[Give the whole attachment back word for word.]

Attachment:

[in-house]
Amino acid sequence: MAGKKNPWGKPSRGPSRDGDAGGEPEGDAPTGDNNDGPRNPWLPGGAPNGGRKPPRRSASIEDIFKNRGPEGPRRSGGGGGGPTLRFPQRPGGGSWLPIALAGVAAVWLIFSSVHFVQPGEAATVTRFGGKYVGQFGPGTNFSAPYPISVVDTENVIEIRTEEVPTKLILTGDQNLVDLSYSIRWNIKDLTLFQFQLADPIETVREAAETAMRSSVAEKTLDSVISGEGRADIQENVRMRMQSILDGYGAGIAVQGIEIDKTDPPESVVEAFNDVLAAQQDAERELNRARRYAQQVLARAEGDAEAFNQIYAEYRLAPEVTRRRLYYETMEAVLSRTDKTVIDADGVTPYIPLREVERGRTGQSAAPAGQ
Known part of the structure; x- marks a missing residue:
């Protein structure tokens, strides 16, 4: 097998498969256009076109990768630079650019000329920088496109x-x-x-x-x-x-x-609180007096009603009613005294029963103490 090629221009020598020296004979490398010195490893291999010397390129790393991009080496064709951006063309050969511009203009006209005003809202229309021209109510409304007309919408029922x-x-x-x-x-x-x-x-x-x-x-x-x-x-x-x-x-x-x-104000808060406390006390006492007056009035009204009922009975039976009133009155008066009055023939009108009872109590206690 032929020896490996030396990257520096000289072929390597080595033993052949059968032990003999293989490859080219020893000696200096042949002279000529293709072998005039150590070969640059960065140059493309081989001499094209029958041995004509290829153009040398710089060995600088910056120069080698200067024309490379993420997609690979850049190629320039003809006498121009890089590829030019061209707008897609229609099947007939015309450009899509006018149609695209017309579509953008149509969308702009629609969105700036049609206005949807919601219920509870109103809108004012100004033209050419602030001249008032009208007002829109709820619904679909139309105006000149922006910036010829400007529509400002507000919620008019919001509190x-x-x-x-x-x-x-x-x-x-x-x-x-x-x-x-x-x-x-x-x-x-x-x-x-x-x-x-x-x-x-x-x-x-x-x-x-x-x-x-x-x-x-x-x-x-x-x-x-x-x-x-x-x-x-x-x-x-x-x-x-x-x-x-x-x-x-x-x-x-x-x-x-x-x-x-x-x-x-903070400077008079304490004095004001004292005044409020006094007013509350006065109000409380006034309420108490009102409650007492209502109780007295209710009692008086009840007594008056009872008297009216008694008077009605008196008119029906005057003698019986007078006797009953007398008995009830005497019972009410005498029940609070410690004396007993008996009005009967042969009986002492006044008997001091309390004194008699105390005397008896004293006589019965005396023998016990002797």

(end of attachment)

[in-house]
Amino acid sequence: MAGKKNPWGKPSRGPSRDGDAGGEPEGDAPTGDNNDGPRNPWLPGGAPNGGRKPPRRSASIEDIFKNRGPEGPRRSGGGGGGPTLRFPQRPGGGSWLPIALAGVAAVWLIFSSVHFVQPGEAATVTRFGGKYVGQFGPGTNFSAPYPISVVDTENVIEIRTEEVPTKLILTGDQNLVDLSYSIRWNIKDLTLFQFQLADPIETVREAAETAMRSSVAEKTLDSVISGEGRADIQENVRMRMQSILDGYGAGIAVQGIEIDKTDPPESVVEAFNDVLAAQQDAERELNRARRYAQQVLARAEGDAEAFNQIYAEYRLAPEVTRRRLYYETMEAVLSRTDKTVIDADGVTPYIPLREVERGRTGQSAAPAGQ
Known part of the structure; x- marks a missing residue:
């Protein structure tokens, strides 16, 4: 097998498969256009076109990768630079650019000329920088496109x-x-x-x-x-x-x-609180007096009603009613005294029963103490 090629221009020598020296004979490398010195490893291999010397390129790393991009080496064709951006063309050969511009203009006209005003809202229309021209109510409304007309919408029922x-x-x-x-x-x-x-x-x-x-x-x-x-x-x-x-x-x-x-104000808060406390006390006492007056009035009204009922009975039976009133009155008066009055023939009108009872109590206690 032929020896490996030396990257520096000289072929390597080595033993052949059968032990003999293989490859080219020893000696200096042949002279000529293709072998005039150590070969640059960065140059493309081989001499094209029958041995004509290829153009040398710089060995600088910056120069080698200067024309490379993420997609690979850049190629320039003809006498121009890089590829030019061209707008897609229609099947007939015309450009899509006018149609695209017309579509953008149509969308702009629609969105700036049609206005949807919601219920509870109103809108004012100004033209050419602030001249008032009208007002829109709820619904679909139309105006000149922006910036010829400007529509400002507000919620008019919001509190x-x-x-x-x-x-x-x-x-x-x-x-x-x-x-x-x-x-x-x-x-x-x-x-x-x-x-x-x-x-x-x-x-x-x-x-x-x-x-x-x-x-x-x-x-x-x-x-x-x-x-x-x-x-x-x-x-x-x-x-x-x-x-x-x-x-x-x-x-x-x-x-x-x-x-x-x-x-x-903070400077008079304490004095004001004292005044409020006094007013509350006065109000409380006034309420108490009102409650007492209502109780007295209710009692008086009840007594008056009872008297009216008694008077009605008196008119029906005057003698019986007078006797009953007398008995009830005497019972009410005498029940609070410690004396007993008996009005009967042969009986002492006044008997001091309390004194008699105390005397008896004293006589019965005396023998016990002797």